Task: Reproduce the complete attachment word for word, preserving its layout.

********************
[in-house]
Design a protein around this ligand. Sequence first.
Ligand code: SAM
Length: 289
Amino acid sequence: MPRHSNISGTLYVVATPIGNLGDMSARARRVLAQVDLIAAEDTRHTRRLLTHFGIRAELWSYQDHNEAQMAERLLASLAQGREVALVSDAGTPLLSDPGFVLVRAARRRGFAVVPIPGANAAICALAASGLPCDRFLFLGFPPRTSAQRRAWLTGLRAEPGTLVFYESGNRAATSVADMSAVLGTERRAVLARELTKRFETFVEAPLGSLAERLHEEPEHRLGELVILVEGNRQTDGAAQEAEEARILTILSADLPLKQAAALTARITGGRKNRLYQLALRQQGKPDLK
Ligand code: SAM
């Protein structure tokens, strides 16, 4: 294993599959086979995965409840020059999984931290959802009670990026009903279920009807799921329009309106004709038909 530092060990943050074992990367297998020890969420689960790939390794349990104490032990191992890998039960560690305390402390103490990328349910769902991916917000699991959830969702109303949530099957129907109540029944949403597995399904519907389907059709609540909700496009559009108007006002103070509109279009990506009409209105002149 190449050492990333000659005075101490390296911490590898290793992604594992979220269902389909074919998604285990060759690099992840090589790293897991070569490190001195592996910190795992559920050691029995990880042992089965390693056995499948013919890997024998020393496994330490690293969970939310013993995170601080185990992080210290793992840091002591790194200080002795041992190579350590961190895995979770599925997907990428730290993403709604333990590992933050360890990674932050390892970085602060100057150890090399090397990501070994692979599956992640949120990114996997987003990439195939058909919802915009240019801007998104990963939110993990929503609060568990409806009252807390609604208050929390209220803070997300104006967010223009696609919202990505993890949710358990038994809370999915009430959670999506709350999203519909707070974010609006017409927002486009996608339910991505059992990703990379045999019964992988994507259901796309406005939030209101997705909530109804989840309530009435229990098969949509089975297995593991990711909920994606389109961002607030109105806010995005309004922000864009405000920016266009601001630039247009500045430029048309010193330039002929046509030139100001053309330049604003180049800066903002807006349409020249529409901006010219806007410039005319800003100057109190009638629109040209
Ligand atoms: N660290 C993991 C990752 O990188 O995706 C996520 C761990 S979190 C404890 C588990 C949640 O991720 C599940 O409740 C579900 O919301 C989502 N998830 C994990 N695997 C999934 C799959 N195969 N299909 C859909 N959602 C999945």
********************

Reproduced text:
[in-house]
Design a protein around this ligand. Sequence first.
Ligand code: SAM
Length: 289
Amino acid sequence: MPRHSNISGTLYVVATPIGNLGDMSARARRVLAQVDLIAAEDTRHTRRLLTHFGIRAELWSYQDHNEAQMAERLLASLAQGREVALVSDAGTPLLSDPGFVLVRAARRRGFAVVPIPGANAAICALAASGLPCDRFLFLGFPPRTSAQRRAWLTGLRAEPGTLVFYESGNRAATSVADMSAVLGTERRAVLARELTKRFETFVEAPLGSLAERLHEEPEHRLGELVILVEGNRQTDGAAQEAEEARILTILSADLPLKQAAALTARITGGRKNRLYQLALRQQGKPDLK
Ligand code: SAM
């Protein structure tokens, strides 16, 4: 294993599959086979995965409840020059999984931290959802009670990026009903279920009807799921329009309106004709038909 530092060990943050074992990367297998020890969420689960790939390794349990104490032990191992890998039960560690305390402390103490990328349910769902991916917000699991959830969702109303949530099957129907109540029944949403597995399904519907389907059709609540909700496009559009108007006002103070509109279009990506009409209105002149 190449050492990333000659005075101490390296911490590898290793992604594992979220269902389909074919998604285990060759690099992840090589790293897991070569490190001195592996910190795992559920050691029995990880042992089965390693056995499948013919890997024998020393496994330490690293969970939310013993995170601080185990992080210290793992840091002591790194200080002795041992190579350590961190895995979770599925997907990428730290993403709604333990590992933050360890990674932050390892970085602060100057150890090399090397990501070994692979599956992640949120990114996997987003990439195939058909919802915009240019801007998104990963939110993990929503609060568990409806009252807390609604208050929390209220803070997300104006967010223009696609919202990505993890949710358990038994809370999915009430959670999506709350999203519909707070974010609006017409927002486009996608339910991505059992990703990379045999019964992988994507259901796309406005939030209101997705909530109804989840309530009435229990098969949509089975297995593991990711909920994606389109961002607030109105806010995005309004922000864009405000920016266009601001630039247009500045430029048309010193330039002929046509030139100001053309330049604003180049800066903002807006349409020249529409901006010219806007410039005319800003100057109190009638629109040209
Ligand atoms: N660290 C993991 C990752 O990188 O995706 C996520 C761990 S979190 C404890 C588990 C949640 O991720 C599940 O409740 C579900 O919301 C989502 N998830 C994990 N695997 C999934 C799959 N195969 N299909 C859909 N959602 C999945």